When I read about different CI users experiences about the sound of a CI – I hear that after a long training people start to experience the sound as being normal. Therefore I do not feel concerned about the outcome – I am just feeling curious about how good the outcome will be – I know it will never be perfect. But it doesn’t change the fact that it is difficult understand what it will be like to make the jump. It is not everyday you say yes to being deaf for 3-5 weeks and then have to spend months on learning how to hear again.

Many of these thought are in my head every day and it feels tiresome – in some point of view I am in a void where I cannot just move on.

“The fast – the better”..?

A week ago I was at the doctor to get the vaccination that I should have before the surgery – actually it is a little early as I was told that I could wait till the CAT scan was done. But as there are no problems in getting this vaccination before time I decided just to get it done. I want all the things that I have to take care of to be done as soon as possible – I don’t want to be the cause that delay this process 🙂

The vaccination was not a big deal – it was a PneumoVax. I almost didn’t feel the needle and in the following days I only felt like I had catched a mild cold and were a little stiff in my neck – but this could also just be normal tensions in my neck…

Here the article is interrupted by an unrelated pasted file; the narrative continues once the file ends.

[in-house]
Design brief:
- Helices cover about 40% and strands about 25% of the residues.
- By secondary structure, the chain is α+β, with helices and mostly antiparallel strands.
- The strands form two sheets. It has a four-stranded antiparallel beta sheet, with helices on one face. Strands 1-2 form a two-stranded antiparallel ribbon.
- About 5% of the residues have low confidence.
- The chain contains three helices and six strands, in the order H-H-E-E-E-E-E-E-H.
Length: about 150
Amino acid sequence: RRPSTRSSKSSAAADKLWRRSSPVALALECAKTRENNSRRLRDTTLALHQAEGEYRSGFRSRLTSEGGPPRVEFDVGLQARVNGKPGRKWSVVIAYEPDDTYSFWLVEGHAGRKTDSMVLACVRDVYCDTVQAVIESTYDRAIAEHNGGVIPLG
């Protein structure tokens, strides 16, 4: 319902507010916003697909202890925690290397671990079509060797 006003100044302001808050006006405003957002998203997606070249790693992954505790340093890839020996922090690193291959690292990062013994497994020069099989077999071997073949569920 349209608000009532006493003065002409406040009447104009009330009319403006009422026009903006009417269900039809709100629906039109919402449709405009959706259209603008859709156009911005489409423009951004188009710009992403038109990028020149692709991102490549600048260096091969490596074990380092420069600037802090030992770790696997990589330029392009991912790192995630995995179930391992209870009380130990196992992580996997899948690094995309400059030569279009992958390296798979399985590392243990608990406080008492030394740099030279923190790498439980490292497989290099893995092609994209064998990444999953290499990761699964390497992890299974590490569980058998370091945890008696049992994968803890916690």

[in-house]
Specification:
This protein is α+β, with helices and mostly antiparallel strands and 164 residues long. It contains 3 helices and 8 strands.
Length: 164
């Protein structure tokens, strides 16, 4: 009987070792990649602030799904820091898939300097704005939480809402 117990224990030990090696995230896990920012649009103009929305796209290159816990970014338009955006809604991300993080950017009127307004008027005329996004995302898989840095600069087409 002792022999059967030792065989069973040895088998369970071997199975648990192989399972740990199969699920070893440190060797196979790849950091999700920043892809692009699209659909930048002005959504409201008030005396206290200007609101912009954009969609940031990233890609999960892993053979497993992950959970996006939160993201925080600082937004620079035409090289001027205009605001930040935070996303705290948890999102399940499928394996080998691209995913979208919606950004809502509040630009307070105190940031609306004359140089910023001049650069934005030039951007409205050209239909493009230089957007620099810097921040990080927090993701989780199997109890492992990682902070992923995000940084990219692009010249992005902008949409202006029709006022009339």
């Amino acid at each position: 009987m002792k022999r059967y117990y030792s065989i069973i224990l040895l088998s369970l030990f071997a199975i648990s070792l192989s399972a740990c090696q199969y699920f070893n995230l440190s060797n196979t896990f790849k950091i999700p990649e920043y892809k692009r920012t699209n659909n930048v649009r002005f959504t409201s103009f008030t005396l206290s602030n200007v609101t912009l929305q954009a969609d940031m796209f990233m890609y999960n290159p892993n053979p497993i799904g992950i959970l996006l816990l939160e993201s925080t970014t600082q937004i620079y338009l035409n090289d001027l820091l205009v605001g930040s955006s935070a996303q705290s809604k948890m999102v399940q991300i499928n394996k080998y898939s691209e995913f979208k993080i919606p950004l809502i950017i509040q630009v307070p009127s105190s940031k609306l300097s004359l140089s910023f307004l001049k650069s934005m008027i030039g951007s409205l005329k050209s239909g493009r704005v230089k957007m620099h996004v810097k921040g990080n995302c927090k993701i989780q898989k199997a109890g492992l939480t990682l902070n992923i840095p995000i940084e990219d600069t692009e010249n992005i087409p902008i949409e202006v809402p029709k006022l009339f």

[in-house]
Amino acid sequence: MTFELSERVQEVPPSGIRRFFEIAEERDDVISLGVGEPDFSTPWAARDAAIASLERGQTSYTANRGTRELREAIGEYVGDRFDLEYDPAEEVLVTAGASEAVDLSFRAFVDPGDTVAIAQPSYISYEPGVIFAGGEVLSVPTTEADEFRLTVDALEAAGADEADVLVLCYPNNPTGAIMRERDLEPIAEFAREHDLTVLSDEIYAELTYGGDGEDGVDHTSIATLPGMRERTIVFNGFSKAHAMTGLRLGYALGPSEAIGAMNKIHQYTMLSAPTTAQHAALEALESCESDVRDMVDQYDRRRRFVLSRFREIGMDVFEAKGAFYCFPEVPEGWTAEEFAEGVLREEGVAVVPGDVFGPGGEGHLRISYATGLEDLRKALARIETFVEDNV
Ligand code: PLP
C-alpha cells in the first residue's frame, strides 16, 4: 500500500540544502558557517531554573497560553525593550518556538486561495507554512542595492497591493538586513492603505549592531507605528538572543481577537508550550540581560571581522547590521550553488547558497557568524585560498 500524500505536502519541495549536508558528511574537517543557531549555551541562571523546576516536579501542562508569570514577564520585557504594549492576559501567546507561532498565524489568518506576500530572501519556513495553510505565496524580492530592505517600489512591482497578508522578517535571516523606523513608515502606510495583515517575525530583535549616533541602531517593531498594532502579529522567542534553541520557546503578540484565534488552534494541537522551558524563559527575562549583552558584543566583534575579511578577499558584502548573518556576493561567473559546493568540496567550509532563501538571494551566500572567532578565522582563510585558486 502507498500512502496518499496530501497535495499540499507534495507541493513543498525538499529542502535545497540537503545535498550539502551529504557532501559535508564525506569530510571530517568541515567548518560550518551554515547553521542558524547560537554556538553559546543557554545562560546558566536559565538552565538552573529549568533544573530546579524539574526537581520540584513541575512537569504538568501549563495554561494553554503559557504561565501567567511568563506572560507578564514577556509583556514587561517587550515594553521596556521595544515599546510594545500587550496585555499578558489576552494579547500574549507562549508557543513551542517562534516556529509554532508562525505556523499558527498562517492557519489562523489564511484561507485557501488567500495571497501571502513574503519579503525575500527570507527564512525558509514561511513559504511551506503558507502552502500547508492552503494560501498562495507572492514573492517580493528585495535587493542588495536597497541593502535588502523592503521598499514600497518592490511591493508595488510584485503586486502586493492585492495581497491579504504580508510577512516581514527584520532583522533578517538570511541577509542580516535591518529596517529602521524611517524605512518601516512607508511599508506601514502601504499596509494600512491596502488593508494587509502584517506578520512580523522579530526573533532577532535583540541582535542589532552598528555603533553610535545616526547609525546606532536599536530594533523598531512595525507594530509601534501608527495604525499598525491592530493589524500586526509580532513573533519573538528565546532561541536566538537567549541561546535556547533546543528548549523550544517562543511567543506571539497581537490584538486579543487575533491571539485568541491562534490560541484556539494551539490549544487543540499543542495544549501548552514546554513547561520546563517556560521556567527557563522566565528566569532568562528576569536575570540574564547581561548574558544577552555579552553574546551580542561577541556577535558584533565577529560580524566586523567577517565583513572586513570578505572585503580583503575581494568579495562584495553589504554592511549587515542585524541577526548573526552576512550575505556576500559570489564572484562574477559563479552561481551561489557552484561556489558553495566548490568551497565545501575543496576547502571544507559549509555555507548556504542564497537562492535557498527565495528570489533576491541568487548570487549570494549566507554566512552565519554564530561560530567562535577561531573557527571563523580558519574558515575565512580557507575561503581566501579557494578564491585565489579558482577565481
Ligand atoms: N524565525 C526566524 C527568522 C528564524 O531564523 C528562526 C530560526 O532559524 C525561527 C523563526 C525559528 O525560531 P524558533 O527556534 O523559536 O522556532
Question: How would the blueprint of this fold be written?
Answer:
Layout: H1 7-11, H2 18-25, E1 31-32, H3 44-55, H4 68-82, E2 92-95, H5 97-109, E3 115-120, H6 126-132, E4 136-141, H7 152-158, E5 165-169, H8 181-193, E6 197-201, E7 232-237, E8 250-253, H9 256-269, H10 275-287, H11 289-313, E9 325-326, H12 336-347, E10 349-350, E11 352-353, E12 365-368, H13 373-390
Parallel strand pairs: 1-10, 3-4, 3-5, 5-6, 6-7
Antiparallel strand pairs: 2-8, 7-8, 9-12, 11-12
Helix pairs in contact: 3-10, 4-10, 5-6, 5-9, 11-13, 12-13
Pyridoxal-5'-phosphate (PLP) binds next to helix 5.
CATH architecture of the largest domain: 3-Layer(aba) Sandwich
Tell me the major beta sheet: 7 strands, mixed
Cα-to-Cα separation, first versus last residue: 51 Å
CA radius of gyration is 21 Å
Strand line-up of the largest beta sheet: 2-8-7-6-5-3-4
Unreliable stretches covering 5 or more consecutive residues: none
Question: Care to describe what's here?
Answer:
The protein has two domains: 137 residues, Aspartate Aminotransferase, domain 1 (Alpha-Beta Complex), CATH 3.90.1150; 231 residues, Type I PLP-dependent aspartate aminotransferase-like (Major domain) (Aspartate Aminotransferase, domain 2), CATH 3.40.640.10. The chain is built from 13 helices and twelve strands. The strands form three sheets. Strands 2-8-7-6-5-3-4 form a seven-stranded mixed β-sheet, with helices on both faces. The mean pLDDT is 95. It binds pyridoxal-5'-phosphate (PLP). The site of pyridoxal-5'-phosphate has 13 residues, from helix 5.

The next two steps are that I should have a CAT scan and a balance test. The CAT scan is done so the doctors can se how exactly my ears look and to determine if there are some obstacles that prevent surgery. The balance test is as far as I have understood done to have a reference before and after the surgery – the balance is also located in the ear. The CAT scan and the balance test will be don on December 10 and 12. When the audiology department of the hospital have received the result of these two tests I will receive an appointment for a conversation with the surgeon and the anesthetist – In this relation I will also receive the final date of my surgery. That will be nice 😀

The surgery normally takes 1½ hour on each ear with a break between each surgery. So I would probably be in full narcosis for 4-5 hours (this is the numbers I have seen other users writing). After the surgery I should expect to sleep on the hospital for one night after which I will be allowed to go home – but I am not allowed to very much for the first 2 weeks – so it will be a relaxing (and tough?) period where I hopefully will have enough energy to watch some movies or play some video games 🙂 It is very different how people feel after the surgery – some people feel fine where other people have problems with pains, dizziness, tinnitus and that the food can taste like metal – but most of these issues will fade over time 🙂

There is not much doubt that I want all of this to be done as quickly as possible – also the rehabilitation. I am very much looking forward to the point where I can once again get enough energy to focus on my other interests. But the thing I look most forward to is to be able to hear more in the situationes where I currently find it very difficult to hear today!